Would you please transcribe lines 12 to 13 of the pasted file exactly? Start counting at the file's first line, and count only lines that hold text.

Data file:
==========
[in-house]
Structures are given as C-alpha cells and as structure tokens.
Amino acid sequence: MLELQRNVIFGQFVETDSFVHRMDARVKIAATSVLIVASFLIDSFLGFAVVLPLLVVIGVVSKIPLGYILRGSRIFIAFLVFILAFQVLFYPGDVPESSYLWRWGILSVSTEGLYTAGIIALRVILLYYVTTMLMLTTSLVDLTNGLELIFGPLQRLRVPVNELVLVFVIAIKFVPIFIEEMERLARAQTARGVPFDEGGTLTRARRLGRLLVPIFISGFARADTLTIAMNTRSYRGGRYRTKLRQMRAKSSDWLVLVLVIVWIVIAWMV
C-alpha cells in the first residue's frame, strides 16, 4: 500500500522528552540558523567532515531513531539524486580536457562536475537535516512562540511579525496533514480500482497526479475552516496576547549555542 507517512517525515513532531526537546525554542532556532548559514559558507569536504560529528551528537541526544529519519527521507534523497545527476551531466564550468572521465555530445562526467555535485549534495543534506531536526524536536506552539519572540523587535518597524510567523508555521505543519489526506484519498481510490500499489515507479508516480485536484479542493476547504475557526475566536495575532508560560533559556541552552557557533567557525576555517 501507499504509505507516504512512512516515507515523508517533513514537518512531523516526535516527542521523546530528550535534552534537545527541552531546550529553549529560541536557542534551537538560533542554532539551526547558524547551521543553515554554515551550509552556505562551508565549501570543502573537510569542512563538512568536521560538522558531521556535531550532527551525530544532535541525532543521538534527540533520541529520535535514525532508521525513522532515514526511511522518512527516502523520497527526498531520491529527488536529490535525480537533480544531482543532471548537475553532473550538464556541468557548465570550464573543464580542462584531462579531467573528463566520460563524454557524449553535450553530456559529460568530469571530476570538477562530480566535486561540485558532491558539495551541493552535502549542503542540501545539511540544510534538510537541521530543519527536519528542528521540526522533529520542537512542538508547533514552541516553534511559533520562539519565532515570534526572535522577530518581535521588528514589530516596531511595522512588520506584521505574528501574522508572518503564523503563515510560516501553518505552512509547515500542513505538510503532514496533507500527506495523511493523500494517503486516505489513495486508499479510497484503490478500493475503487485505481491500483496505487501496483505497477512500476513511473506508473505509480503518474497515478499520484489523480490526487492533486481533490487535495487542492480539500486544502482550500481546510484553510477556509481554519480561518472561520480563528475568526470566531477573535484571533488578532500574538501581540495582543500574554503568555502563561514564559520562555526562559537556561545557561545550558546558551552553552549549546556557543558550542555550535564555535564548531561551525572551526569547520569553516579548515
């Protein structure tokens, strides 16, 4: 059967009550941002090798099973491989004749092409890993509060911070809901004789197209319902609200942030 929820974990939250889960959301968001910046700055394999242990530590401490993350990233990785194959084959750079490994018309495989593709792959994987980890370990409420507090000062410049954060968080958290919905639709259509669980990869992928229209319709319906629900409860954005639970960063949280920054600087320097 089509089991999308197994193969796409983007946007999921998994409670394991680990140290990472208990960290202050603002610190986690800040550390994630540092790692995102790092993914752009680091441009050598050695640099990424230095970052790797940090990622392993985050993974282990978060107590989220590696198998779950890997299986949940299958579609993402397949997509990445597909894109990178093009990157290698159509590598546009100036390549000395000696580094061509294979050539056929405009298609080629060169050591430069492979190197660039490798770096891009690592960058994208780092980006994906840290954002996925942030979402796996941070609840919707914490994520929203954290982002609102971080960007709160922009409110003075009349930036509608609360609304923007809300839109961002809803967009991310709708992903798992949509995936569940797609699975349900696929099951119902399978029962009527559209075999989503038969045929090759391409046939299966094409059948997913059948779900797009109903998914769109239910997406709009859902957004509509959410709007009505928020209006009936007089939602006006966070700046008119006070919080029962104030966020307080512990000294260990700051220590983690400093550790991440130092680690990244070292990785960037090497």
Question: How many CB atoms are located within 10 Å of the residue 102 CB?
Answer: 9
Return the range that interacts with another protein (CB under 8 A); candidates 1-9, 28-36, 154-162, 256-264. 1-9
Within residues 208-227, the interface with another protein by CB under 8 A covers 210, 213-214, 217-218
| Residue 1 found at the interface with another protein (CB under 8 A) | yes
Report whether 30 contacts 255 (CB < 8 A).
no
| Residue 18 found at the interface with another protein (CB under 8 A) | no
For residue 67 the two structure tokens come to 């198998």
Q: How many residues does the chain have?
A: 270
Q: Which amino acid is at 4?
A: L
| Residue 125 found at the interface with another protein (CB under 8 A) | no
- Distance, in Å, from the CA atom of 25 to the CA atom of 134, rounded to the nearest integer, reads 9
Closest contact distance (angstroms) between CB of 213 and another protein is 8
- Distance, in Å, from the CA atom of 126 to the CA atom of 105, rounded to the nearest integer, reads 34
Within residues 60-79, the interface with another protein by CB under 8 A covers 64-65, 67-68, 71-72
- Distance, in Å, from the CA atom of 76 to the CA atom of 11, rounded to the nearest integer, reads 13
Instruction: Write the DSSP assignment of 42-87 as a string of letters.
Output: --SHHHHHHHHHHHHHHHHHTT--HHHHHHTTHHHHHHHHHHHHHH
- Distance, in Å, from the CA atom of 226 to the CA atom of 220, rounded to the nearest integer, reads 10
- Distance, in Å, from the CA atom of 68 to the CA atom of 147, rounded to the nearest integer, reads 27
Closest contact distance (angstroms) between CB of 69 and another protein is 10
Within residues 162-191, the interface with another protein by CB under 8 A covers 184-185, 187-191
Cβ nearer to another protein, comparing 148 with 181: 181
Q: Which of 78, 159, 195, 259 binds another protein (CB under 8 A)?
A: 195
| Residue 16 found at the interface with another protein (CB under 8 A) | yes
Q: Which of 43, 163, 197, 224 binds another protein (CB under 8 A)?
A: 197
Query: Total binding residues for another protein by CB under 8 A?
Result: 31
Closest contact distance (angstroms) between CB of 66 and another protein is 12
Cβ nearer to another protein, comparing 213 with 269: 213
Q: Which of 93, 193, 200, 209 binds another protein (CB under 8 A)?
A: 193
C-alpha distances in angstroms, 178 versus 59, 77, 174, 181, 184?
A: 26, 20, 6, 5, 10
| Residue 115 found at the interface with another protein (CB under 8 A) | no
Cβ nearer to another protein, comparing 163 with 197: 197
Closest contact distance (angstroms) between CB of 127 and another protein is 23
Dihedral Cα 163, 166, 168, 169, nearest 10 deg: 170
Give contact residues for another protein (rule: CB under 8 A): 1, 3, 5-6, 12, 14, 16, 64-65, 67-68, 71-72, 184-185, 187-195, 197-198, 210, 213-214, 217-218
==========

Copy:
no
| Residue 18 found at the interface with another protein (CB under 8 A) | no